May 1, 2015

DNF: Dead Witch Walking by Kim Harrison (Rant)

Dead Witch Walking by Kim Harrison 
Series: The Hollows #1
Source: Bought Paperback
Publisher: Harper Voyager
Publication Date: January 5th 2012
Age Group: Adult
Challenges: TBR-Cleaning my Shelves
Challenges: Flights of Fantasy
Welcome to the Hollows...
Forty years ago a genetically engineered virus killed half the world's human population and exposed creatures of dreams and nightmares that had, until then, lived in secret alongside humanity.
Rachel Morgan is a runner with the Ireland Runner Services, apprehending criminals throughout modern-day Cincinnati. She's also a witch.
Used to confronting criminal vampires, dark witches and homicidal werewolves, Rachel's latest assignment - apprehending cable-stealing magic students and tax-evading leprechauns - have prompted her to break her thirty-year contact with the I.S. and start her own runner agency.
But no one quits the I.S.
Marked for death, Rachel is a dead witch walking unless she can appease her former employers and pay off her contract by exposing the city's most prominent citizen as a drug lord. But making an enemy of the ambigous Trent Kalamack proves even more deadly than leaving the I.S.

DNF Review

Why is this series so popular?
Normally, I don't rate books I DNF. However, since I DNFed this one because I couldn't really stand it, I felt like I would be forgiven for passing judgment in the form of stars.

I've been really looking forward to reading this book. I heard so many great things about this series, from great sources. I was expecting a kickass witch, in a kickass world, with shipping to be had that will make me want to read sequel after sequel (I guess, in other words, I was expecting nothing less than the Kate Daniels series, or the Charley Davidson, or The Others, or Mercy Thompson. All great series you should read).

Alas, none of my wishes came true.

In retrospect I a) shouldn't have read it straight after a mindblowingly awesome book such Written in Red and b) should've known to lower my expectations when a first attempt to read this book a couple of weeks back resulted in me dropping it after a couple of pages.
I don't know Brit... I honestly don't know.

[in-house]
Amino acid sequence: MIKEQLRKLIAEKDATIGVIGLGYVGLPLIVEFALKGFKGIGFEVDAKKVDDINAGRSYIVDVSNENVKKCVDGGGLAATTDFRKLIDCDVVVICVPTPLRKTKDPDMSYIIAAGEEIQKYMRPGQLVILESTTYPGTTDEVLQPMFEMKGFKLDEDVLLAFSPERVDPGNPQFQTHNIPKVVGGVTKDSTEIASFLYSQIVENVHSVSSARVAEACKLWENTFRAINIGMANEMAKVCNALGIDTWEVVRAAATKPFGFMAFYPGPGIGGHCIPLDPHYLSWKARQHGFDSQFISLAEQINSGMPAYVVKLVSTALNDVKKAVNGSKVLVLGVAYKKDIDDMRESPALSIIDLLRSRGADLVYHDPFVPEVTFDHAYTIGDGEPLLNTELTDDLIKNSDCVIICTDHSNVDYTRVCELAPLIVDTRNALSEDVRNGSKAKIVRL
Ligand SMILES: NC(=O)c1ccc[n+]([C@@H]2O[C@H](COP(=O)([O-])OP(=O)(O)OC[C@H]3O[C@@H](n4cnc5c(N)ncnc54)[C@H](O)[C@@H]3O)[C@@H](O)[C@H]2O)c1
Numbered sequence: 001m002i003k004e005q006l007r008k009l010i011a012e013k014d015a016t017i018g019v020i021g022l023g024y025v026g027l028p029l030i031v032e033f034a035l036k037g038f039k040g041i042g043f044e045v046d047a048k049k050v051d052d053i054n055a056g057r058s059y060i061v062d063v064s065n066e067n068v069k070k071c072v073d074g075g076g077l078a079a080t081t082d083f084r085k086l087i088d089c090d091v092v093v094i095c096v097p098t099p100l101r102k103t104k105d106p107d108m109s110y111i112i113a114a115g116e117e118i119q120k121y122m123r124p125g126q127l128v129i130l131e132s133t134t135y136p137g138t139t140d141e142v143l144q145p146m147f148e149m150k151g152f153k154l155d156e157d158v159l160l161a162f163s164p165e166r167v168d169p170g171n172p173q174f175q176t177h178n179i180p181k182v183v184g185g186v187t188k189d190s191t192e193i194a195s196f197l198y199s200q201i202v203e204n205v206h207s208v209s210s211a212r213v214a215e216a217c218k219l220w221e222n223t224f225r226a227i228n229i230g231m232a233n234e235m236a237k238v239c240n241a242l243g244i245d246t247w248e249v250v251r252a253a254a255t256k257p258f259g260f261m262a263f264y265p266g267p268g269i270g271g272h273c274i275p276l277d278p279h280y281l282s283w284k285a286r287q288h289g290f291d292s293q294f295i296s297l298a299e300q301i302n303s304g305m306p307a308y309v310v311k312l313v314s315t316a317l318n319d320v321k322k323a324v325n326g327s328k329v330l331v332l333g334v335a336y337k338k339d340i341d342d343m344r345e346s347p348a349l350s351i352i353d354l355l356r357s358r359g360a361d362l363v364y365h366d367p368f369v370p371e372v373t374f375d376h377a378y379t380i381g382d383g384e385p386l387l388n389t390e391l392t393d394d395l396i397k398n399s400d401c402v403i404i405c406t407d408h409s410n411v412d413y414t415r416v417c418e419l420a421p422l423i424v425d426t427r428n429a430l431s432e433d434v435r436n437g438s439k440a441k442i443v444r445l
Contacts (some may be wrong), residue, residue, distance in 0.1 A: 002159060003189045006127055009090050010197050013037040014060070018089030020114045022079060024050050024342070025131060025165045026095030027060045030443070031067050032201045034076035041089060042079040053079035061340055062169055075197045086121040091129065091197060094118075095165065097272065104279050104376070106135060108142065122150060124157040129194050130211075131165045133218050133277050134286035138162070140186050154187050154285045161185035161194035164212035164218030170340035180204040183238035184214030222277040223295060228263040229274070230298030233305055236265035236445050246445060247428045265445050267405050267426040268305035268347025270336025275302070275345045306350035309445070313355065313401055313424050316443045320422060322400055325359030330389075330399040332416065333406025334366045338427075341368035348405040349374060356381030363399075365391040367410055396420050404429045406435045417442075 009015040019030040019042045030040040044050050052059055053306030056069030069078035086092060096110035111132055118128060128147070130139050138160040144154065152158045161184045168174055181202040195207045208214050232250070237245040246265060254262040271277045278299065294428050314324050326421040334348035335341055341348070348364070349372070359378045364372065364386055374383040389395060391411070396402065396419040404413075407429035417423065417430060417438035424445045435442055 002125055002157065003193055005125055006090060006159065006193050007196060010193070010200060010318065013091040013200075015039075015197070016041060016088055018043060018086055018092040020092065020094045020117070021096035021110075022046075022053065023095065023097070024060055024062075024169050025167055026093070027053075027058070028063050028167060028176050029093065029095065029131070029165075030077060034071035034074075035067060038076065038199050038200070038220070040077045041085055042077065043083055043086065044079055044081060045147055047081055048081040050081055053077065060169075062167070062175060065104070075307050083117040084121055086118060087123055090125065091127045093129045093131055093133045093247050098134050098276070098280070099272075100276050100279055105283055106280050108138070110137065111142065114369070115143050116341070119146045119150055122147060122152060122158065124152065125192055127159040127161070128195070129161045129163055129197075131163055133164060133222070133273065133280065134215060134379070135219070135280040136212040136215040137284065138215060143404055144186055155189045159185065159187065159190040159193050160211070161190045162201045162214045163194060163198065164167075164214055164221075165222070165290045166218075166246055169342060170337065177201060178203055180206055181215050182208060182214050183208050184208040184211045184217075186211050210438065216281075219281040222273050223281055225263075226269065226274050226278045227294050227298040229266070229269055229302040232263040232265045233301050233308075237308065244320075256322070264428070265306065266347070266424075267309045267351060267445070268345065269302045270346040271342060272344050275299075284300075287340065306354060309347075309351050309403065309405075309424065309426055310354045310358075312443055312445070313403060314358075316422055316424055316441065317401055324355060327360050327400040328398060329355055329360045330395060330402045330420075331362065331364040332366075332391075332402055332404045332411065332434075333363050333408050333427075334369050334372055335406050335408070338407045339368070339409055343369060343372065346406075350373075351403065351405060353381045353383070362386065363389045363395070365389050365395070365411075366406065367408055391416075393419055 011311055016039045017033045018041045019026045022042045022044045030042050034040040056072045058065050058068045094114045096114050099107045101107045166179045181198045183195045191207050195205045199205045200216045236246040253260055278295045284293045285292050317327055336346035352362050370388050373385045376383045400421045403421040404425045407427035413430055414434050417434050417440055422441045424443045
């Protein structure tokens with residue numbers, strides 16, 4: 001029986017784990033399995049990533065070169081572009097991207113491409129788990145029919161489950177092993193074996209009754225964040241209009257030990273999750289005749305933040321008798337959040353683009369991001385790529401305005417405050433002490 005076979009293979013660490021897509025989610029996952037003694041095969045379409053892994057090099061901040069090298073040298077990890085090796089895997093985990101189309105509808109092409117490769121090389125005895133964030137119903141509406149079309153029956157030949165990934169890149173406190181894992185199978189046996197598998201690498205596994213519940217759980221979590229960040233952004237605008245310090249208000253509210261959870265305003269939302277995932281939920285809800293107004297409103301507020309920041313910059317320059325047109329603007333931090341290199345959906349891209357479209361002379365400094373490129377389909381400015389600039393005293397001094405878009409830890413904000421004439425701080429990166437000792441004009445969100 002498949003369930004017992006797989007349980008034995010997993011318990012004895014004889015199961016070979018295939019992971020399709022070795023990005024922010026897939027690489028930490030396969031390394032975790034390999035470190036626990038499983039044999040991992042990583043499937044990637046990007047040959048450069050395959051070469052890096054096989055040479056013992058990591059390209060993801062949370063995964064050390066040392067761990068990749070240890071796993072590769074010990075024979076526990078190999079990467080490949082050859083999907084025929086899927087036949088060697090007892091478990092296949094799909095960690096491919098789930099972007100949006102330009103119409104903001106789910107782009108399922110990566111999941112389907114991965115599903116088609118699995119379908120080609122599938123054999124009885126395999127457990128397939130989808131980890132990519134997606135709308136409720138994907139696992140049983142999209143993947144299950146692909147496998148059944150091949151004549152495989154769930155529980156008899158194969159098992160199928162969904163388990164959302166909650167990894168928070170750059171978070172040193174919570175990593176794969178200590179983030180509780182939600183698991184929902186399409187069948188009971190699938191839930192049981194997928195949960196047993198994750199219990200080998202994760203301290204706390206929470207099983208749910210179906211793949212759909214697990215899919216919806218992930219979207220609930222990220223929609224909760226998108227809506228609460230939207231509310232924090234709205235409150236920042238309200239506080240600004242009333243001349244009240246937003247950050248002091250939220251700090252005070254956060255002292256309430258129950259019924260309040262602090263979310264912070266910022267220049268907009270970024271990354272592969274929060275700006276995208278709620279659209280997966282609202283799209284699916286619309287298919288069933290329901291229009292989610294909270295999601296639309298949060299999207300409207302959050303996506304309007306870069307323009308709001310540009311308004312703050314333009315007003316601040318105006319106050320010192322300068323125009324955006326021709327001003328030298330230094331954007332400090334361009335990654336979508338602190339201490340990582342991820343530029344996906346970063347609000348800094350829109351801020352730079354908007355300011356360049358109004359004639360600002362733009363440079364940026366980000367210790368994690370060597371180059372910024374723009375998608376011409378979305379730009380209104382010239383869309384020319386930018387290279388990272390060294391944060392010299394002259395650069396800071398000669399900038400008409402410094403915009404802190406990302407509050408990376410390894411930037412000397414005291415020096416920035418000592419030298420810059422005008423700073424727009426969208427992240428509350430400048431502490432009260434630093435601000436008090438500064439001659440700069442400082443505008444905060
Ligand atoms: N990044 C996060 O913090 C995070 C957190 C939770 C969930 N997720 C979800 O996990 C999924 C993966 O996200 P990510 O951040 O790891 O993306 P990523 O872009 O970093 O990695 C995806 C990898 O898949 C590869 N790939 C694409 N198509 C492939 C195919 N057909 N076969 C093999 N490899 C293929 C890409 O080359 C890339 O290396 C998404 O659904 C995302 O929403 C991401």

Dead Witch Walking is told from the point of view of Rachel Morgan, which means that if you don't like Rachel, you won't like the book. Can you guess what I thought of Rachel? That's right. Hated her.

Seriously, she's just one of those characters that constantly pisses me off.

It's started with how she refused to accept the idea her ex-boss will put a price on her head, even though everyone warned her, and her boss literally told her he will. In no uncertain terms. I frowned at that.
Then, she's supposed to be a witch of some powers (or else, people won't be so interested in her / she wouldn't be the damn good runner she claims she is). And yet she decidedly lacks in powers. By page 90, she's been almost killed about 5 times, and four of those times she was saved by others who happened to be around and she didn't even realize she's been in danger until they nullified it. And you expect me to believe you're capable? You, lady, are no badass. 

Second, she treats her friends awfully. From page one, she is pretty much condescending, judgemental and unforgiving. Her friends help her. Does she thank them? Umm... nope, she complains. She get's angry. She feels justifies at being so. She never shows them any gratitude. And she hurts them constantly, and so callously!

(It's like she thinks Ivy being a vampire means she has no feeling. I'm not a particularly big Ivy fan, and STILL I was just indignant on her account.)

And let's not get me started on Jenks, the only likable character in this whole fiasco. Jenks is awesome. He is by far the most badass of the lot - saving Rachel constantly. He does a lot more than Ivy or anyone else. And yet he is treated as mere comic relief, with Rachel turning decent toward him only when she's turned his size and realizes that, hey, he's pretty hot!
Then, there's the world. For the life of me, I don't understand why the IS operates the way it does. Why can't it just fire people? Why is getting out a death sentence? Seriously, why would they go through all the hassle of hiring assassins of all kinds? It seemed so stupid and over the top to me when you can just fire someone. And considering this is a huge part of the story, it made the whole thing hard to swallow.

But the real reason I put the book down at page 190 instead of braving the rest of it as I already got so far has to do with Trent. Now, I have this thing. When I'm not clicking with a book that's part of a series, I tend to go read spoilers (I know, WHAT?) so I could make an informed decision on whether I want to read of those events, or rather pass. Which is what I did here.

This is why I know SPOILER Trent is end game END SPOILER. I was on board with that, for a while there. Until he killed that man. The whatever-he-is is a psychotic, murdering SOB. And I honestly don't want to read of him redeemed because, there is no good excuse for that murder and cruelty.
Too bad, too, because the book did start picking up around page 150...


1 comment:

  1. It's hard for any book to live up to the feelings when you've just read Written in Red before it :P Believe me, that's happened to me many times! HAHA. But in any case, this book sounds like a total mess! And I'm definitely not interested in reading it, not with an awful heroine like that and with a world-building that's gaping with illogical flaws and plotholes.

    Faye at The Social Potato